John Metcalfe was CityLab’s Bay Area bureau chief, covering climate change and the science of cities.
NASA wants to use this project to predict Earth's next dangerous space rock.
Last February, a yacht-sized space rock ripped into the atmosphere above Russia and exploded, emitting an eardrum-wrecking shock wave that damaged more than 7,000 buildings and injured hundreds with flying glass.
For those who would prefer not to experience a sequel to the Chelyabinsk incident, is there anywhere they can seek safety from galactic bombardment?
It doesn't seem like it, to judge from this new NASA map of space debris smashing into our celestial dome. The color-coded cartography shows the global penetration of at least 556 "small asteroids" from 1994 to 2013—"small" being deceiving here, as these fiery "bolides" lie on the larger end of the meteor spectrum, often producing superbright flashes and percussive booms. What's clear is that the distribution of extra-large meteorites is random, affecting every ocean and continent (the fewer-seeming meteors around the poles is actually a result of map distortion).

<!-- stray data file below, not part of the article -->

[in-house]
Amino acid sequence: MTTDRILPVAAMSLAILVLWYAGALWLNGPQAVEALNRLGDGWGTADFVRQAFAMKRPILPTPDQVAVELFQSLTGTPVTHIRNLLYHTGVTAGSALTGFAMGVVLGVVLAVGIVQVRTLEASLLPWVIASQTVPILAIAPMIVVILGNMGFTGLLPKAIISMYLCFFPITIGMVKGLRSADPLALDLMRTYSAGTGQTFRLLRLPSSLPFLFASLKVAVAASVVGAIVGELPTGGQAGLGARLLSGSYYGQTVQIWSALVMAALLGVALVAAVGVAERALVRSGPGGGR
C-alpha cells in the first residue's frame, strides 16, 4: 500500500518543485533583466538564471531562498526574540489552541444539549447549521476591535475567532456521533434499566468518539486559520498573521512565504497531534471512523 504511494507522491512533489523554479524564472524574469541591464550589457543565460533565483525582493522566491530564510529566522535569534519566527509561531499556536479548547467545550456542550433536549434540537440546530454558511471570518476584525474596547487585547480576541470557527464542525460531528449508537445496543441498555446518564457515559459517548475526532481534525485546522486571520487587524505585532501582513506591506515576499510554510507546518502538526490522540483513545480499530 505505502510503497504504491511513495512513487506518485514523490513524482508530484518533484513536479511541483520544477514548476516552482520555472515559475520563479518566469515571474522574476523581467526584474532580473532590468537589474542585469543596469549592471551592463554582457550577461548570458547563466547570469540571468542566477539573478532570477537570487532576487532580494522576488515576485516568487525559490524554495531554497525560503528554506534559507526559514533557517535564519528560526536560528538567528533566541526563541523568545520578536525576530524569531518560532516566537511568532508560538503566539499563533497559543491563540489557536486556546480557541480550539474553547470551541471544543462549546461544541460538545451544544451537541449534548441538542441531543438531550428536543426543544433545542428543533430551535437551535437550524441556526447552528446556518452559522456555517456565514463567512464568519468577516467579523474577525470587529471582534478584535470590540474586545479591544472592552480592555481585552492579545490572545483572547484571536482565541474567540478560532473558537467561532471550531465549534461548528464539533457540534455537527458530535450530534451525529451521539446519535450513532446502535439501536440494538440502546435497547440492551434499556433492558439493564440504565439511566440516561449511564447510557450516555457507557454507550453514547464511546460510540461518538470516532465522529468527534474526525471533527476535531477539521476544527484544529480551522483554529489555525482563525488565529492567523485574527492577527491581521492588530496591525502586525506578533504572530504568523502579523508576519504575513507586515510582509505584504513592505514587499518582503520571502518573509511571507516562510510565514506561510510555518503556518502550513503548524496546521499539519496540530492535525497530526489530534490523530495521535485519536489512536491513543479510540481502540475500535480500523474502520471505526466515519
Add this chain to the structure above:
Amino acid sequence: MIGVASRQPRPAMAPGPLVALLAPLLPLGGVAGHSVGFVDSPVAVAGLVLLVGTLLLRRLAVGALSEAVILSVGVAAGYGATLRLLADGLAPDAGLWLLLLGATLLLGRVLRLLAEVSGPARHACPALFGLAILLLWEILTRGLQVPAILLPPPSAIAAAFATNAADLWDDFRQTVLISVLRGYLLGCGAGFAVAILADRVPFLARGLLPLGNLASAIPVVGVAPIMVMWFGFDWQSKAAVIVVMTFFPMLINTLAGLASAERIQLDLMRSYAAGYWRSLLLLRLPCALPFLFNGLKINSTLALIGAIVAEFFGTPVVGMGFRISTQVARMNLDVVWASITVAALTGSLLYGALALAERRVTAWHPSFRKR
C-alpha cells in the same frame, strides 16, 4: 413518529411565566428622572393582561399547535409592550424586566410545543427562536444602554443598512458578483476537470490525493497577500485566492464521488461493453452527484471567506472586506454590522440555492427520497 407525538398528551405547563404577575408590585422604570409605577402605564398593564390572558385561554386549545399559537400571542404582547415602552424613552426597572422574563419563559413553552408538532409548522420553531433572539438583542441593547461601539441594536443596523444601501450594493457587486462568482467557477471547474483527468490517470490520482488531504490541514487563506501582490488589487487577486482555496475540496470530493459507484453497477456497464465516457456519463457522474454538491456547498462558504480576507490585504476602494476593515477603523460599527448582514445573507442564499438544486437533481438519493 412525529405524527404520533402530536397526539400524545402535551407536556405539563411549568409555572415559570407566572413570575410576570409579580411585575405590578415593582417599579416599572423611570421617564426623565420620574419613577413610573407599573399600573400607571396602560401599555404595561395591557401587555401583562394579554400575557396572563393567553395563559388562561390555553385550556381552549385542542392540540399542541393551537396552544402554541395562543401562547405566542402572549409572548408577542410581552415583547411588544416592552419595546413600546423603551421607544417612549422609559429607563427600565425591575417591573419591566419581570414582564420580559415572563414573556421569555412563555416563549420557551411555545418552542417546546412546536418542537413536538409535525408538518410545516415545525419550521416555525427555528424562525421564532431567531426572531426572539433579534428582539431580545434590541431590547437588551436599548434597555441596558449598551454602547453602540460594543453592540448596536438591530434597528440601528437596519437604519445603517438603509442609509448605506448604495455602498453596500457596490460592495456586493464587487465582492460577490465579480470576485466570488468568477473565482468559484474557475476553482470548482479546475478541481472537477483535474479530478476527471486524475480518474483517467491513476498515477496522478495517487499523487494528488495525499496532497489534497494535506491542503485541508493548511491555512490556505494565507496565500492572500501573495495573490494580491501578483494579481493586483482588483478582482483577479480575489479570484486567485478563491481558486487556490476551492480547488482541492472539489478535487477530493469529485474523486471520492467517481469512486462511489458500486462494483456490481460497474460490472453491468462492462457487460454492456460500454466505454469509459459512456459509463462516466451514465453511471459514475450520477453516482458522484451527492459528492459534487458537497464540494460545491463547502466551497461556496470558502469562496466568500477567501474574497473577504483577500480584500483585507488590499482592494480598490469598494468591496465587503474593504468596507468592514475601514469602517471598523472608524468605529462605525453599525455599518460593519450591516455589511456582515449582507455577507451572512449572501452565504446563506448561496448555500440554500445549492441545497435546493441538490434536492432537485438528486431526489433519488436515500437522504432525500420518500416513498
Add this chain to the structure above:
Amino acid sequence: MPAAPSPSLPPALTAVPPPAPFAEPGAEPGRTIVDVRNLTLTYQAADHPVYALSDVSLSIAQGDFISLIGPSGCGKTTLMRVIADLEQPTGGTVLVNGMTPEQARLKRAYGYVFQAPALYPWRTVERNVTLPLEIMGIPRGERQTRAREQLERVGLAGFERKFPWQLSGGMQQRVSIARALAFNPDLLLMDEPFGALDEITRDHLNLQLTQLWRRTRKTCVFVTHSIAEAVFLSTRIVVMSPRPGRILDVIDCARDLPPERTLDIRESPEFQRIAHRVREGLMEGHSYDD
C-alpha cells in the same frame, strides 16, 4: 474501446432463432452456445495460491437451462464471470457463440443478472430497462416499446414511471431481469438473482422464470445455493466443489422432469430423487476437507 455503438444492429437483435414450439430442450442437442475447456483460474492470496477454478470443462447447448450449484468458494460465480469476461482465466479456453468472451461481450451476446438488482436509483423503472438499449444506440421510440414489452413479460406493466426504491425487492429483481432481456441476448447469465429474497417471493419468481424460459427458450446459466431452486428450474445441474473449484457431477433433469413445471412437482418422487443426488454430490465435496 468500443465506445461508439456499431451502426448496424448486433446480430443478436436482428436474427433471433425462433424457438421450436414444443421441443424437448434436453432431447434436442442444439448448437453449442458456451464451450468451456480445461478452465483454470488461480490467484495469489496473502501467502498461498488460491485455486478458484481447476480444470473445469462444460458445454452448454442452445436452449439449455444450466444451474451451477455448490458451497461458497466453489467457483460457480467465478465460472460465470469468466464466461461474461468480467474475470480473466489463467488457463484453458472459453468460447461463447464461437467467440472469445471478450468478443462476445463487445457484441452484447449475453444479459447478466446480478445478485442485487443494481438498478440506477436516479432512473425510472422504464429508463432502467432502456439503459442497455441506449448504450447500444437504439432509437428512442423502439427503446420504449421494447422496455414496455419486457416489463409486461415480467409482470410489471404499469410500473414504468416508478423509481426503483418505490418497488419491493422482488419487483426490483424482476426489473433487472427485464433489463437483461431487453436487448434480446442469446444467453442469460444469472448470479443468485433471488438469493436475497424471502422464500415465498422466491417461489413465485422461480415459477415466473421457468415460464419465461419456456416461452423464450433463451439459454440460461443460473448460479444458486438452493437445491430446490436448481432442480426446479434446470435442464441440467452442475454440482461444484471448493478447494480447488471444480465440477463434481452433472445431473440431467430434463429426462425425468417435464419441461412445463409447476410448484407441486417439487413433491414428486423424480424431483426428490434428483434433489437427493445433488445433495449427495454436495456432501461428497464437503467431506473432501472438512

The folks at NASA's Near-Earth Object Program say the most powerful fireball during this time period was indeed Chelyabinsk's, carrying the energy of up to 500,000 tons of TNT. They hope the data underpinning this map will reveal when the next huge meteor could crash-land, because such an earth-shaking event is coming... sometime. Writes the space agency:
"The aim is to find potentially hazardous asteroids before they find us," said Donald Yeomans, manager of NASA's NEO Program Office at the Jet Propulsion Laboratory....
Studies of Earth's history indicate that about once every 5,000 years or so on average an object the size of a football field hits Earth and causes significant damage. Once every few million years on average an object large enough to cause regional or global disaster impacts Earth. Impact craters on Earth, the Moon and other planetary bodies are evidence of these occurrences.